Satcom Direct (SD, Booth X101) is offering customer demonstration flights of its Plane Simple satcom terminal and antenna system aboard the company’s Gulfstream G550 at EBACE 2022. The system includes two line replaceable units (LRUs)—the tail-mounted SD Plane Simple antenna and the SD modem—and it operates on Intelsat’s global FlexExec Ku-band satcom network.
Last month, the FAA approved supplemental type certificates (STCs) for installation of the Plane Simple system in the Gulfstream G550, G450, GV, and GIV. In parallel, EASA has approved an STC for Bombardier’s Global 6000, 5000, Express, and XRS. SD collaborated with Germany’s Alamo Engineering to develop the first EASA STC for the Global airframes.
A Global Express is the first aircraft equipped with the Plane Simple system outside of the U.S., with the installation completed by ACC Columbia Jet Service in Hannover, Germany. Additional approvals from the FAA, EASA, and Transport Canada are expected by July, and formal launch of FlexExec service commences in the third quarter.
“One of the challenges that many aircraft owners are facing is that the lifetime of their aircraft is longer than the technologies that are on board,” said SD international v-p Michael Skou Christiansen. “Plane Simple addresses that by simplifying the terminal for lower production and installation costs.”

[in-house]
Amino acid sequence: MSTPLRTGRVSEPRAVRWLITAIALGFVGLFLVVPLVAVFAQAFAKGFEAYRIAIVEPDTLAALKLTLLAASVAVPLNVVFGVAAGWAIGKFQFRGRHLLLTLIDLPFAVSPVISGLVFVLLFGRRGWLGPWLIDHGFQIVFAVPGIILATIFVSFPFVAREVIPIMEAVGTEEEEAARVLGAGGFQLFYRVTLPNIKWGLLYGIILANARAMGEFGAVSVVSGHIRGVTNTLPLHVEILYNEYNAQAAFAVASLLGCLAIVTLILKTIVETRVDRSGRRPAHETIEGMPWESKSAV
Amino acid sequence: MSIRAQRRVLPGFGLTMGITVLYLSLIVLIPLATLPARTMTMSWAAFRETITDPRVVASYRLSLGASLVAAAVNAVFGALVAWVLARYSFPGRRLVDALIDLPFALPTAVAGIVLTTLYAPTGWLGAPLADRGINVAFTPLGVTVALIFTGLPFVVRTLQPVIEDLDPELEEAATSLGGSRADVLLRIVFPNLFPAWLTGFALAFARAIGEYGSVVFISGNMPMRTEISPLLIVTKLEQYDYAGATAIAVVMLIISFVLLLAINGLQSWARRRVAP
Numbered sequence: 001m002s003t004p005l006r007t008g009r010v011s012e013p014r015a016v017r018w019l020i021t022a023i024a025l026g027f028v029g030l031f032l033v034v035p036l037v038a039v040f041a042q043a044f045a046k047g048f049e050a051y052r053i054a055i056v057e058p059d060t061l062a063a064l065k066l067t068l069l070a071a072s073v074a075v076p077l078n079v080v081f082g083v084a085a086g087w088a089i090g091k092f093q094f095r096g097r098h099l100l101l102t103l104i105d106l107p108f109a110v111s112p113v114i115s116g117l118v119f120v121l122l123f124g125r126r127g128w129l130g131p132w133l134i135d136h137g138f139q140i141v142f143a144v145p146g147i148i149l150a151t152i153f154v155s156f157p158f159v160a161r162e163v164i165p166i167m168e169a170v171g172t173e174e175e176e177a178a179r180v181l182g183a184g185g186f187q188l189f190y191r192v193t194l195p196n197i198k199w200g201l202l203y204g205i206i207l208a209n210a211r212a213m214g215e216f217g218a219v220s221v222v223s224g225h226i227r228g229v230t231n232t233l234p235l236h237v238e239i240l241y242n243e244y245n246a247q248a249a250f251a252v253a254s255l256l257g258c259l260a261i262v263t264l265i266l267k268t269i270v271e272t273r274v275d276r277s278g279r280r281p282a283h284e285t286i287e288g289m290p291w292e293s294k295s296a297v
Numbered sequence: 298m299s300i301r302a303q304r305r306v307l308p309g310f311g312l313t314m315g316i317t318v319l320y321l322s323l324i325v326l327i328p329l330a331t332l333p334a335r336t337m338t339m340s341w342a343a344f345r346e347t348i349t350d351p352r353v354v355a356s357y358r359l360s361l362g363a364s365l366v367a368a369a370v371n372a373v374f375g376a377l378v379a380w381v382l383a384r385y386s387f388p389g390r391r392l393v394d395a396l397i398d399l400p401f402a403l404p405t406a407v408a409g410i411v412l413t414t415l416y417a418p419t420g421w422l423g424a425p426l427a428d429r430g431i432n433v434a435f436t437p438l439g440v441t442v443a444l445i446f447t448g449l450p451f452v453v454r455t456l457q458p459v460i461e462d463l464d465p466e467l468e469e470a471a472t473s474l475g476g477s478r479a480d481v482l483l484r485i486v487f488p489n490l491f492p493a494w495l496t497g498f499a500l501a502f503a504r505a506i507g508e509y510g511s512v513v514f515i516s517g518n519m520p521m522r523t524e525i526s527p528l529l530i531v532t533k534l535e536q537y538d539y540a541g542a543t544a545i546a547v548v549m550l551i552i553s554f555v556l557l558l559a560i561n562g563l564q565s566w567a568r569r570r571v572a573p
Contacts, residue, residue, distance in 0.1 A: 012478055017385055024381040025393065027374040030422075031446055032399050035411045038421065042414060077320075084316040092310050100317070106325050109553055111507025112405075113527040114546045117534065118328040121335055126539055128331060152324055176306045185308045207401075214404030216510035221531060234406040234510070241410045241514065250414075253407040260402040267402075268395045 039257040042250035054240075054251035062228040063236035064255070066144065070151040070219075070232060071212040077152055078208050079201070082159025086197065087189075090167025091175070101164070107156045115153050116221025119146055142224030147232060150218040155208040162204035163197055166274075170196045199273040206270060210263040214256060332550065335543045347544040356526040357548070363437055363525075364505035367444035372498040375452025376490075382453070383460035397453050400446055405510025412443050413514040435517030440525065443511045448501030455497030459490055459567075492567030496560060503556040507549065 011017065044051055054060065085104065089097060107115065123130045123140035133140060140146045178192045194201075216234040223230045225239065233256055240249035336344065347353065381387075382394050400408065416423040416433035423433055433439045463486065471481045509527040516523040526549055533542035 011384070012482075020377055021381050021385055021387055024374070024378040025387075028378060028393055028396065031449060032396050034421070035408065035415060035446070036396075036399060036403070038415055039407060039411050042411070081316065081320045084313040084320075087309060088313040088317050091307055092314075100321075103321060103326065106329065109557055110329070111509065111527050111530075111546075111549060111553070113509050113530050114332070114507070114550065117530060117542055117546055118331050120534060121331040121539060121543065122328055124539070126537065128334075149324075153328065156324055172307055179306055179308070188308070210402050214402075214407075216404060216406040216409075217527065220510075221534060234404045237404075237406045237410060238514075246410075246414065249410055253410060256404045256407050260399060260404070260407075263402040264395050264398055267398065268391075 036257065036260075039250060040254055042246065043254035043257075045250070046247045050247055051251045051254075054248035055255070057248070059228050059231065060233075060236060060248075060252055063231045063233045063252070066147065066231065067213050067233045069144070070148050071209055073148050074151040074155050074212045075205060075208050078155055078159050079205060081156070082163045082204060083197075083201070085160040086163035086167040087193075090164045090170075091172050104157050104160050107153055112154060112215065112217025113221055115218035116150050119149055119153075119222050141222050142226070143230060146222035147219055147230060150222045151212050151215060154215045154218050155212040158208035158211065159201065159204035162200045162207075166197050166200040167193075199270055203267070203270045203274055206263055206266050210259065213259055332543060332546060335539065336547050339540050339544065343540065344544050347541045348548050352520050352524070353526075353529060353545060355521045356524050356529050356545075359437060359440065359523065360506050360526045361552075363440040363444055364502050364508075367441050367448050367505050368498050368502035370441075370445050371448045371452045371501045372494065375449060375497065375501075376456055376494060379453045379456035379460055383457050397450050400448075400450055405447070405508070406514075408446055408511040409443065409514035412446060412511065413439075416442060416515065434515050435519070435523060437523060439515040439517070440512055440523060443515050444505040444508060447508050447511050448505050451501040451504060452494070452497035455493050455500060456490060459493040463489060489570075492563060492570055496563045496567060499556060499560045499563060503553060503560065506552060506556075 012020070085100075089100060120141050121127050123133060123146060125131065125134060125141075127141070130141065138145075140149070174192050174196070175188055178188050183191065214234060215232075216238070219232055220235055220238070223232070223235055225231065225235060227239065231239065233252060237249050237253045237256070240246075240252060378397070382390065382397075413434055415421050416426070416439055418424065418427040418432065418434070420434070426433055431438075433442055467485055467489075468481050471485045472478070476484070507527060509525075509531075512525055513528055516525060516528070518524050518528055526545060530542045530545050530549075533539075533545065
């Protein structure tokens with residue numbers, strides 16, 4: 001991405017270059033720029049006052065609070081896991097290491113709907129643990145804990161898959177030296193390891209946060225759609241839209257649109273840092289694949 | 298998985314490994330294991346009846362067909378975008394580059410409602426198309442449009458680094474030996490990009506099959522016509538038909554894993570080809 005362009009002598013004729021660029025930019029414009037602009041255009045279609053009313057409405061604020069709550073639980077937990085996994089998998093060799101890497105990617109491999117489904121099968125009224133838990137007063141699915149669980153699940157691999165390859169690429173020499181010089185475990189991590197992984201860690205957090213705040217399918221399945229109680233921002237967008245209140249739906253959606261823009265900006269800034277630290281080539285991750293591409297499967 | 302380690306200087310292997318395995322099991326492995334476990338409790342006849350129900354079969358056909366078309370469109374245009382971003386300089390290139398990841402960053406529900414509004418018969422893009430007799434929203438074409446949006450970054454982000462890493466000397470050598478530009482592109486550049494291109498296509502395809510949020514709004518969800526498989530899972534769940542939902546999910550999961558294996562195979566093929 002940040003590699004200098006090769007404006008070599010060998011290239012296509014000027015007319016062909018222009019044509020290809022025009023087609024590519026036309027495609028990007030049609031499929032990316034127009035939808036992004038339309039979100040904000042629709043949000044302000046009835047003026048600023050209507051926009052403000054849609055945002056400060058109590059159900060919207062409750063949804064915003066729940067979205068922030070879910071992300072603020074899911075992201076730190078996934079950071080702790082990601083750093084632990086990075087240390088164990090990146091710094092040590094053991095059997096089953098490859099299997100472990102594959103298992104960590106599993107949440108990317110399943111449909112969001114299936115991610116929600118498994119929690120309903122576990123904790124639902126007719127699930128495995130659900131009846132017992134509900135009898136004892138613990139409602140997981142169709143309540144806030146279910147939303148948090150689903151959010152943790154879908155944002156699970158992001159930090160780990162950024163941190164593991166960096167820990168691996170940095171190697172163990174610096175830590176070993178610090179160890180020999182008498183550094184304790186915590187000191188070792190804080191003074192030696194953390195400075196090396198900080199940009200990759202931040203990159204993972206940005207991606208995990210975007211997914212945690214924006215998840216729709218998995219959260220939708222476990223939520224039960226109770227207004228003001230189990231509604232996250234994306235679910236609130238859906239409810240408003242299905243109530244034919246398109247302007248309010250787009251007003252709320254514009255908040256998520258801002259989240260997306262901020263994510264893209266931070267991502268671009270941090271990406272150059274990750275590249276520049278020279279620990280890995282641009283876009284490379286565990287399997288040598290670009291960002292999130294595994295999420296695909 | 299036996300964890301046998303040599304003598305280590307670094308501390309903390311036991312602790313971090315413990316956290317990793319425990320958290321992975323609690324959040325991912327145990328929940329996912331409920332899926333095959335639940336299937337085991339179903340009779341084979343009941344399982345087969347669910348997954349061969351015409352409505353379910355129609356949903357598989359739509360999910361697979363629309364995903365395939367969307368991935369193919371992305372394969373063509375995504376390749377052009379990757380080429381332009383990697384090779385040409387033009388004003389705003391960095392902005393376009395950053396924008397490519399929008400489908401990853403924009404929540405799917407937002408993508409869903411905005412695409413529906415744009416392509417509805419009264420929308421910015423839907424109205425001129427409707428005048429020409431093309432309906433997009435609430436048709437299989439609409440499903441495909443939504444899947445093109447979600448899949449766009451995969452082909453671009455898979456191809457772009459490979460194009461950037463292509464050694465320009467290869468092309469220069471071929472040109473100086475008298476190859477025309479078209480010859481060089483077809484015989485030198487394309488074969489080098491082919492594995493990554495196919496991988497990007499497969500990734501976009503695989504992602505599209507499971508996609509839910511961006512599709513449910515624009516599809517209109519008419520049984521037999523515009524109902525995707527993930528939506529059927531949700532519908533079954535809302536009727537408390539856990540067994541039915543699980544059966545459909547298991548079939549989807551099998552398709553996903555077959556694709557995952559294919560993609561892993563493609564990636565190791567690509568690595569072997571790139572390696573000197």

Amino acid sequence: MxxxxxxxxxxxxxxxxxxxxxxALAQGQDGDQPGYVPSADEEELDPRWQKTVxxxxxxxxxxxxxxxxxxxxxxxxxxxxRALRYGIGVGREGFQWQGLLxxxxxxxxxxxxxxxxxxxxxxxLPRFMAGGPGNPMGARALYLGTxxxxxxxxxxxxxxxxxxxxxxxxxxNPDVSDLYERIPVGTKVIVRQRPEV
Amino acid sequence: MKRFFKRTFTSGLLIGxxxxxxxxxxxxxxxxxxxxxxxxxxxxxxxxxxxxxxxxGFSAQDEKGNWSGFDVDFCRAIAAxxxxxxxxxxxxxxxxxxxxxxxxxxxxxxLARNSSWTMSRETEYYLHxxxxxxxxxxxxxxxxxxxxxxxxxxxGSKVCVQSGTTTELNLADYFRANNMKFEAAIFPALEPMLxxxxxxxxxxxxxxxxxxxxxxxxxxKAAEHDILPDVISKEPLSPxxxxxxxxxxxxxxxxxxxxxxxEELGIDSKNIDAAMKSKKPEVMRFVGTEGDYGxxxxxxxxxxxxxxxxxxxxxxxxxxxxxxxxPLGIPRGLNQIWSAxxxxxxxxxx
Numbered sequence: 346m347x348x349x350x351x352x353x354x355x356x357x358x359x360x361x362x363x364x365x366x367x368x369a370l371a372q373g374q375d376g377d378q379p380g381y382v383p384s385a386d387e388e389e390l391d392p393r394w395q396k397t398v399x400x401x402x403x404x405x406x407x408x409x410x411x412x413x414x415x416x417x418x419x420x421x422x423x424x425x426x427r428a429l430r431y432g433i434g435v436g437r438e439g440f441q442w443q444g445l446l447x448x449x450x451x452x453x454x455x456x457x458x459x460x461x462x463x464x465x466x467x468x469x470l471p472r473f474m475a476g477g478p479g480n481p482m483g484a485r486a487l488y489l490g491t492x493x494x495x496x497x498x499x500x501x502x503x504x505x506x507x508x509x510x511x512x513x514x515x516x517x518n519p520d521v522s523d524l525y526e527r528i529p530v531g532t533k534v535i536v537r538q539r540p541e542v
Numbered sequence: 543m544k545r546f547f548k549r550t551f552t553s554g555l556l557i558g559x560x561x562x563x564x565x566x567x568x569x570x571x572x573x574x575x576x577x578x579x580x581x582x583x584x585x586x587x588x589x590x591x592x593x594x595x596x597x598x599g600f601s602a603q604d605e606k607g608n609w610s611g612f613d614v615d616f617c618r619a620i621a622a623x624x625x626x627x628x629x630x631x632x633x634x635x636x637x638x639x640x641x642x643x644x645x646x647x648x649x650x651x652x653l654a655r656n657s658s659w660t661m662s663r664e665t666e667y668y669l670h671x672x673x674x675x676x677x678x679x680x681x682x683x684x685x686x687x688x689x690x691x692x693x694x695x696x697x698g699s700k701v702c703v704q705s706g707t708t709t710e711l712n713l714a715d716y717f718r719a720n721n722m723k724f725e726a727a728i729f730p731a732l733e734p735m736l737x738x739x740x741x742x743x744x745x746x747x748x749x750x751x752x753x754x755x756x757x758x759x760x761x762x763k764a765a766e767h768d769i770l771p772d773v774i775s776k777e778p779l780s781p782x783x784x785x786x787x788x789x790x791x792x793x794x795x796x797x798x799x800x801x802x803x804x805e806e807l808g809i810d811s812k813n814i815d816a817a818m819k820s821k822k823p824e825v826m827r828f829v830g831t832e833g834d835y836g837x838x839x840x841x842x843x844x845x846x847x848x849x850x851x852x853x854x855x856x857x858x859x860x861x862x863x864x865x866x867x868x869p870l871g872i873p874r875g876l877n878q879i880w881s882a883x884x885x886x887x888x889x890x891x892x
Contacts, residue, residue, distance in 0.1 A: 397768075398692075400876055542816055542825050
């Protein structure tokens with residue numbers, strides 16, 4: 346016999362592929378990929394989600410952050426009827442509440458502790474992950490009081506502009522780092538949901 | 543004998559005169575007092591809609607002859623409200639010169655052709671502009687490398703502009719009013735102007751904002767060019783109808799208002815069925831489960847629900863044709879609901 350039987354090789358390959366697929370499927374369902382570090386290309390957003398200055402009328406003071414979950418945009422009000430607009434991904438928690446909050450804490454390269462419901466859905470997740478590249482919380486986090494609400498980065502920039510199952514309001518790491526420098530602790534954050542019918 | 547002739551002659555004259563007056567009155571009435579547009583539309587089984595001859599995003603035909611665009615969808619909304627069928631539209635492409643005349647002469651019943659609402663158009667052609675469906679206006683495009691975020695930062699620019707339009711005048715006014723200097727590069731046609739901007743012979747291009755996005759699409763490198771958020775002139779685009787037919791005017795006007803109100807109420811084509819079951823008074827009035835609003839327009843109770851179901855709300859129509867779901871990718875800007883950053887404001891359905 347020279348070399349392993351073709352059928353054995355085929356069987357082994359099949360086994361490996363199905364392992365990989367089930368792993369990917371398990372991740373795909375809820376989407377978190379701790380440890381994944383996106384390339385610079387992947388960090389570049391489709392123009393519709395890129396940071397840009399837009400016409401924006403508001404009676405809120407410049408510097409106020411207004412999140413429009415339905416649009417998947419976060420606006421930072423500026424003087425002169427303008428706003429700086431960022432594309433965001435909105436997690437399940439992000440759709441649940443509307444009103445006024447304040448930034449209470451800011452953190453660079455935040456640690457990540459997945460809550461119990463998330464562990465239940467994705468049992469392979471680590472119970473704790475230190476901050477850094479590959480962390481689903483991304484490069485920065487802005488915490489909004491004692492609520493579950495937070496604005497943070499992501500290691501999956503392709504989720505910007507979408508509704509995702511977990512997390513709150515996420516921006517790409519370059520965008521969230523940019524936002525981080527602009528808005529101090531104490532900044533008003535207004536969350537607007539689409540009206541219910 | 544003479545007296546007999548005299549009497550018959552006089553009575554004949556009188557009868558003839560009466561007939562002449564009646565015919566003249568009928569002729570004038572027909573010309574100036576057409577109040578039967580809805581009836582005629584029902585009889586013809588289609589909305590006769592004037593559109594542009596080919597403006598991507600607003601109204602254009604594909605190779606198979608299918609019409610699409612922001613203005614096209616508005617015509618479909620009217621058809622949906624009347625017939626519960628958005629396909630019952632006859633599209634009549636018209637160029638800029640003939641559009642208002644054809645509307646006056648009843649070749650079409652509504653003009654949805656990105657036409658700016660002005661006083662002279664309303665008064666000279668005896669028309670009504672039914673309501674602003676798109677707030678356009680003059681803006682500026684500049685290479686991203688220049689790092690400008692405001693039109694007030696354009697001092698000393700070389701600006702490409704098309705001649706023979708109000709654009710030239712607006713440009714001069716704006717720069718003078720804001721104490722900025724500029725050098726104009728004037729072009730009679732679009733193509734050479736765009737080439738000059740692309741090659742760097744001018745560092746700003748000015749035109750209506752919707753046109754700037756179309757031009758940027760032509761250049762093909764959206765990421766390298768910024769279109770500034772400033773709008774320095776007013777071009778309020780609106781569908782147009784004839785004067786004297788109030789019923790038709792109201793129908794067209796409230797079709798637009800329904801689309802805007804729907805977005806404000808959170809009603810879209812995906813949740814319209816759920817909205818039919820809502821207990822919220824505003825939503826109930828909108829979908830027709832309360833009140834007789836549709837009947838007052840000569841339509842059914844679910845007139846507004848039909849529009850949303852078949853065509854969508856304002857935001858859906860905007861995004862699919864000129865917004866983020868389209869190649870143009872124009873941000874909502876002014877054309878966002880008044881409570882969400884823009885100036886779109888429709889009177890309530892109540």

SD estimates about 2,500 business aircraft are candidates for Plane Simple satcom installations. For now, the smallest jets that will be STC’d for Plane Simple are 600-series Challengers, but SD is looking at being able to provide a system for aircraft as small as Beechcraft King Airs.
A Plane Simple system costs about $235,000, not including installation or a router. Installation takes about 600 person-hours. Airtime is available on a per-hour, pay-as-you-go basis, with packages starting at 200 hours per year, and there is no limit on the amount of data consumed. System weight is 26 pounds for the antenna and 13 pounds for the SD modem LRU. System speed is up to 15 Gbps.
Intelsat’s FlexExec network runs on 16 high-throughput Intelsat 33e satellites in geostationary orbits, with dedicated bandwidth for business aviation customers. The company is adding more satellites to the network. To maximize service to business aviation users, Intelsat provides multiple spot beams to make more bandwidth available where traffic is higher, according to Mark Rasmussen, Intelsat senior v-p of mobility. “We can pile one beam on top of another,” he said, “so it’s an additive network and puts the right beam to the right airplane.”
During a demo flight from Geneva Airport held on Sunday, SD’s Gulfstream G550 flew a dozen EBACE media and Intelsat and SD executives who used 38 connected devices that consumed 4 GB of data during the flight. This reporter ran three devices simultaneously during the flight: a MacBook Air sending and receiving emails and downloading and uploading Adobe InDesign graphics files; an iPad Pro running a Netflix movie; and an iPhone FaceTime call. All worked smoothly with no issues due to bandwidth limitations.